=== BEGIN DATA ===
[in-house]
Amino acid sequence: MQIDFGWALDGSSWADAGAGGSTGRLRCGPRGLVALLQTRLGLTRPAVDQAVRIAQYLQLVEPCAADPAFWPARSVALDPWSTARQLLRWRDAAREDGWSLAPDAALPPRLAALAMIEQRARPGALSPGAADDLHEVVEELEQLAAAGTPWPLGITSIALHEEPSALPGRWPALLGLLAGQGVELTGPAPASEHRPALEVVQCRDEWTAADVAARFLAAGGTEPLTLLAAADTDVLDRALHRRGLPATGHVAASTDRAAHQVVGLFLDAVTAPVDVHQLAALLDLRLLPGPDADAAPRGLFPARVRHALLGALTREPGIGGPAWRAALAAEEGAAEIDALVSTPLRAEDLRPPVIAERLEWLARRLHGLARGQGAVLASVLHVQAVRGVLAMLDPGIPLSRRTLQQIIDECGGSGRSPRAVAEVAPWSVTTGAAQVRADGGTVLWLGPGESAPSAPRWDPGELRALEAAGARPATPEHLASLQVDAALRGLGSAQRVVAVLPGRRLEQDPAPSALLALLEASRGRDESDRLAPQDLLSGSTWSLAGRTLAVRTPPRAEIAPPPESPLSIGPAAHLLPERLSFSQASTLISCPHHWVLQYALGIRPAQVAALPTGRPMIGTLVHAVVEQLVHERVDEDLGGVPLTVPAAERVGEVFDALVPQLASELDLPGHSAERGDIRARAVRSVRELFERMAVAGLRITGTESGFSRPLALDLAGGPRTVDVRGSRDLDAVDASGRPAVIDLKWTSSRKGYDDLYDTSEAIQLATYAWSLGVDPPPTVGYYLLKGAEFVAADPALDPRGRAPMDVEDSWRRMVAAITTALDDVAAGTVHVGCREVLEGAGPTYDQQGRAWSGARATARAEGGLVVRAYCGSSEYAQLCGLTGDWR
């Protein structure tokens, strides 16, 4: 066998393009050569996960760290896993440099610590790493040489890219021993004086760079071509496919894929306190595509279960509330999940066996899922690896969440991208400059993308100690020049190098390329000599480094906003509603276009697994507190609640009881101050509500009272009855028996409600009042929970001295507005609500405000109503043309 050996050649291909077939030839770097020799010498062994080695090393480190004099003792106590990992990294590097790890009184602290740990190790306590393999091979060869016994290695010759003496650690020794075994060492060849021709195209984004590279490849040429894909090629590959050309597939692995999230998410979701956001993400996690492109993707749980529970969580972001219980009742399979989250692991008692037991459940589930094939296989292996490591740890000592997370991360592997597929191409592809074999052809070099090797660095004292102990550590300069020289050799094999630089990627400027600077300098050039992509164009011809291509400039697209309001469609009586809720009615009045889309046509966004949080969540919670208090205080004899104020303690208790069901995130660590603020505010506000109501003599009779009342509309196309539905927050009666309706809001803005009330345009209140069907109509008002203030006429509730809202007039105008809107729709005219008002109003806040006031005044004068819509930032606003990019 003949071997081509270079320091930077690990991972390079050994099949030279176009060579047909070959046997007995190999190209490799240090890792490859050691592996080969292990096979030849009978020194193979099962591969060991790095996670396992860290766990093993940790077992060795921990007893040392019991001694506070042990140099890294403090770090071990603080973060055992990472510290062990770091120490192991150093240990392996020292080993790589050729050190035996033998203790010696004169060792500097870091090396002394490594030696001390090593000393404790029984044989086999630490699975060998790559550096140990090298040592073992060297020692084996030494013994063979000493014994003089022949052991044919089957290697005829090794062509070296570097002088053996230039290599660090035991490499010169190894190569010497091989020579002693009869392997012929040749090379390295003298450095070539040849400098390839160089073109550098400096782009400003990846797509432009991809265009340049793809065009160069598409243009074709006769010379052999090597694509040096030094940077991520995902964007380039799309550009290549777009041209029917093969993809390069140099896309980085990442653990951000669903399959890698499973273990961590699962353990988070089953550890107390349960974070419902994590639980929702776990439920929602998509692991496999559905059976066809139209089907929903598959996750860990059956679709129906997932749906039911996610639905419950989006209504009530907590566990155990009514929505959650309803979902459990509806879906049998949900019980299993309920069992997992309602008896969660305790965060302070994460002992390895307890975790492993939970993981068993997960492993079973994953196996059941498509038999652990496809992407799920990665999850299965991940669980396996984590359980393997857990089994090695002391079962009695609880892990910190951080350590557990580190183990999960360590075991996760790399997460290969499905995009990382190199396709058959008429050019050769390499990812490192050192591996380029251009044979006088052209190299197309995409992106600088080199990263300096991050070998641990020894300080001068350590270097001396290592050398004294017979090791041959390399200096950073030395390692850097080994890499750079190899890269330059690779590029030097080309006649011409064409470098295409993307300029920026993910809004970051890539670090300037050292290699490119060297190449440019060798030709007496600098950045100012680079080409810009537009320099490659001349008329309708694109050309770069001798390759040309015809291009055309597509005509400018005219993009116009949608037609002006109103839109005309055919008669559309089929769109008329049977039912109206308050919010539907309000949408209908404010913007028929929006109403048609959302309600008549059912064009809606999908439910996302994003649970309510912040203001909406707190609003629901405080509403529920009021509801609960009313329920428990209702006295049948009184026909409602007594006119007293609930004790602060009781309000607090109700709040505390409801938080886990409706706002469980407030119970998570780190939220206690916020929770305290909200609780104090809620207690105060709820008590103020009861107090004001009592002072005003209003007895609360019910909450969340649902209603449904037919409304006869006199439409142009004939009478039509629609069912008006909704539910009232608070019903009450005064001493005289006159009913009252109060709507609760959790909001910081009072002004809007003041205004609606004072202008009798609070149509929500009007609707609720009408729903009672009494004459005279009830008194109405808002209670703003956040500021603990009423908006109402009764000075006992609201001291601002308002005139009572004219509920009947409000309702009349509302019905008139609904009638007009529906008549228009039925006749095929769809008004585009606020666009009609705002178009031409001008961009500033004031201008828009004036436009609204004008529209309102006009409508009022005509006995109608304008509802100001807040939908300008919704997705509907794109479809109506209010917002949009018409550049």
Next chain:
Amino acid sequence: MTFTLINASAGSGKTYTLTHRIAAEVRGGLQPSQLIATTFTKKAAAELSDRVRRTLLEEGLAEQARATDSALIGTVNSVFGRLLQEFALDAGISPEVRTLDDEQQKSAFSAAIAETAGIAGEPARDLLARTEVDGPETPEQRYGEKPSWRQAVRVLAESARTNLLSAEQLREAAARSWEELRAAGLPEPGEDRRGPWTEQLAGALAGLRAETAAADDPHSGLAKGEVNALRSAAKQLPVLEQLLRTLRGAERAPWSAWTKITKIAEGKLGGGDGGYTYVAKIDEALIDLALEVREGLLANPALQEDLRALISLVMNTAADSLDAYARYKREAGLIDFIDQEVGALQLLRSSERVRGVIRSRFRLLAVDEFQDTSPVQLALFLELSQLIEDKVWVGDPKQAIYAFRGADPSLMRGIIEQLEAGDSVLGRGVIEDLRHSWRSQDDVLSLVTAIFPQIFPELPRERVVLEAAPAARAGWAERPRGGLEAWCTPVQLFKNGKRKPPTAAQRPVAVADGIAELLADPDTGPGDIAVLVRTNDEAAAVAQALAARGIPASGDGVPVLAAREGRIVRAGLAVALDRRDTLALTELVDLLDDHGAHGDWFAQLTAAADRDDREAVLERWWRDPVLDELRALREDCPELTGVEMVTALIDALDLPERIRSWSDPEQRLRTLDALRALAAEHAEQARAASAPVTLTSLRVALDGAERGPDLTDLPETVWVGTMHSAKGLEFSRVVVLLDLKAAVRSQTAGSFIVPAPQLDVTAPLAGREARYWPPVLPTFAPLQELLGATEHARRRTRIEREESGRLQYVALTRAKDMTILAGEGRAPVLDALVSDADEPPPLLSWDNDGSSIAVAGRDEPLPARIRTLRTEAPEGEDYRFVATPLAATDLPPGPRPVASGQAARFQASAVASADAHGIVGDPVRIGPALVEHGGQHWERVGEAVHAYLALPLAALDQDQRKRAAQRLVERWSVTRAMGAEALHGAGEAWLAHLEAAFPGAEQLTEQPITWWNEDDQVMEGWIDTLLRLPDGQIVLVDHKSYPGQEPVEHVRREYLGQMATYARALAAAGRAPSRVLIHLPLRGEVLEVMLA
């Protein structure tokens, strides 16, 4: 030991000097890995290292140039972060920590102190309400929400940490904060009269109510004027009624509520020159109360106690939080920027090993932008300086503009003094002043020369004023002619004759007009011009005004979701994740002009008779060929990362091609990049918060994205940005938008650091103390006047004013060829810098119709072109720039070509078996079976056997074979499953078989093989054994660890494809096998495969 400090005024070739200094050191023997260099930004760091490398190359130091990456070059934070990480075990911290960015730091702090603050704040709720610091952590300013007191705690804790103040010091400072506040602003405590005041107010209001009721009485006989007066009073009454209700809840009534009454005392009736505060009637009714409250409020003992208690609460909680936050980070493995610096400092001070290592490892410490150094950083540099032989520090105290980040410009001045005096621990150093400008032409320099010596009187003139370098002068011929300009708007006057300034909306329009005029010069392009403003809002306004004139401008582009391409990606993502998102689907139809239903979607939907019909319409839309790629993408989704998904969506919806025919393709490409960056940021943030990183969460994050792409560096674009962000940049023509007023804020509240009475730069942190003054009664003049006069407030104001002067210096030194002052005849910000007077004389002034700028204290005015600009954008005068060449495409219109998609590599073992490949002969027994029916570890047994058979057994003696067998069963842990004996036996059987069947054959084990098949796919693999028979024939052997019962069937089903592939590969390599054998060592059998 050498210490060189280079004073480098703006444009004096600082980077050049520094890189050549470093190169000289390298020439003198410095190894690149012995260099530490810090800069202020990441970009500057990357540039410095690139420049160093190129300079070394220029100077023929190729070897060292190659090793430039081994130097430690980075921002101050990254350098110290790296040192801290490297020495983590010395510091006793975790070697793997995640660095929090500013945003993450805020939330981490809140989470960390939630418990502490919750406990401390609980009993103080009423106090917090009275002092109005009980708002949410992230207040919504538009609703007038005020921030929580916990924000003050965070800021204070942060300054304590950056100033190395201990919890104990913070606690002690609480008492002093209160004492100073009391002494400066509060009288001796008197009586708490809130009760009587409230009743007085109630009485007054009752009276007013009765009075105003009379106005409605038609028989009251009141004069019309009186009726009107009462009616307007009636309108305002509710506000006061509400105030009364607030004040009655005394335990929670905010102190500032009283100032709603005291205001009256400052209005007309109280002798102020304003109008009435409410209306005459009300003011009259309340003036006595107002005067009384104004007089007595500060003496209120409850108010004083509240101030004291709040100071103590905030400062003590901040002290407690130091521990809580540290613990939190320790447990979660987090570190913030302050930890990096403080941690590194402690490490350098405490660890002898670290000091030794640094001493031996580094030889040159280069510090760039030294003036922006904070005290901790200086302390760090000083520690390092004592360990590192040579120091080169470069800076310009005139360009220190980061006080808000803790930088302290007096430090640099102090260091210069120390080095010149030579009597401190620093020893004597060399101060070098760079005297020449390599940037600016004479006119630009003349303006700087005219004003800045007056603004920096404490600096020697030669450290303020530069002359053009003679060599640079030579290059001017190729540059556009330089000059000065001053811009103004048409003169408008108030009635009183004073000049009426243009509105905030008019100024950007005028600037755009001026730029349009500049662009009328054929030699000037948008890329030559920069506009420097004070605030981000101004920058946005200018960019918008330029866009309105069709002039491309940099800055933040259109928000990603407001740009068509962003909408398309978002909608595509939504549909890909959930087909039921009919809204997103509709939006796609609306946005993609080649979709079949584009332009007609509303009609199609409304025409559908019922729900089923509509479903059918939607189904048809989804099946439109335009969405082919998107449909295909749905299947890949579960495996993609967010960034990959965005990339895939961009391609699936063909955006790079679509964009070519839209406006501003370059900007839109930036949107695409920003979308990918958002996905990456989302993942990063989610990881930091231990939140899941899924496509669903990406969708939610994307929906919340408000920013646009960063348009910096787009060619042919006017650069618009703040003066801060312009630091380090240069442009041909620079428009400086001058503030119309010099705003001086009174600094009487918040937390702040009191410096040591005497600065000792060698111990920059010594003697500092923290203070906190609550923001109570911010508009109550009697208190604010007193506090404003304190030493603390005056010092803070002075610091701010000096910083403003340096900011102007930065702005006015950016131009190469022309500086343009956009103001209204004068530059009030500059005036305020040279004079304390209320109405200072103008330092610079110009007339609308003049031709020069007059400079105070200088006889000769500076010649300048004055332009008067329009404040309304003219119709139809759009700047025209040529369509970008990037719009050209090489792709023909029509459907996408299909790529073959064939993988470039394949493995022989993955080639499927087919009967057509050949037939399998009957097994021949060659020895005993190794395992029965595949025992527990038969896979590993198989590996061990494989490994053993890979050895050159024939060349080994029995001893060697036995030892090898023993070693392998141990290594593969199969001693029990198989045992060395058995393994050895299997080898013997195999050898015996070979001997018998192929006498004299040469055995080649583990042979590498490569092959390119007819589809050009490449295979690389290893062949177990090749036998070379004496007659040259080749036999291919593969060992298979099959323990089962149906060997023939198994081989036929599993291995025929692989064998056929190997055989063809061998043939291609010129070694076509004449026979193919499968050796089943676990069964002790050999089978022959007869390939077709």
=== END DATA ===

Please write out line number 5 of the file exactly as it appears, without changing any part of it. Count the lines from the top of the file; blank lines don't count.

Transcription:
Amino acid sequence: MTFTLINASAGSGKTYTLTHRIAAEVRGGLQPSQLIATTFTKKAAAELSDRVRRTLLEEGLAEQARATDSALIGTVNSVFGRLLQEFALDAGISPEVRTLDDEQQKSAFSAAIAETAGIAGEPARDLLARTEVDGPETPEQRYGEKPSWRQAVRVLAESARTNLLSAEQLREAAARSWEELRAAGLPEPGEDRRGPWTEQLAGALAGLRAETAAADDPHSGLAKGEVNALRSAAKQLPVLEQLLRTLRGAERAPWSAWTKITKIAEGKLGGGDGGYTYVAKIDEALIDLALEVREGLLANPALQEDLRALISLVMNTAADSLDAYARYKREAGLIDFIDQEVGALQLLRSSERVRGVIRSRFRLLAVDEFQDTSPVQLALFLELSQLIEDKVWVGDPKQAIYAFRGADPSLMRGIIEQLEAGDSVLGRGVIEDLRHSWRSQDDVLSLVTAIFPQIFPELPRERVVLEAAPAARAGWAERPRGGLEAWCTPVQLFKNGKRKPPTAAQRPVAVADGIAELLADPDTGPGDIAVLVRTNDEAAAVAQALAARGIPASGDGVPVLAAREGRIVRAGLAVALDRRDTLALTELVDLLDDHGAHGDWFAQLTAAADRDDREAVLERWWRDPVLDELRALREDCPELTGVEMVTALIDALDLPERIRSWSDPEQRLRTLDALRALAAEHAEQARAASAPVTLTSLRVALDGAERGPDLTDLPETVWVGTMHSAKGLEFSRVVVLLDLKAAVRSQTAGSFIVPAPQLDVTAPLAGREARYWPPVLPTFAPLQELLGATEHARRRTRIEREESGRLQYVALTRAKDMTILAGEGRAPVLDALVSDADEPPPLLSWDNDGSSIAVAGRDEPLPARIRTLRTEAPEGEDYRFVATPLAATDLPPGPRPVASGQAARFQASAVASADAHGIVGDPVRIGPALVEHGGQHWERVGEAVHAYLALPLAALDQDQRKRAAQRLVERWSVTRAMGAEALHGAGEAWLAHLEAAFPGAEQLTEQPITWWNEDDQVMEGWIDTLLRLPDGQIVLVDHKSYPGQEPVEHVRREYLGQMATYARALAAAGRAPSRVLIHLPLRGEVLEVMLA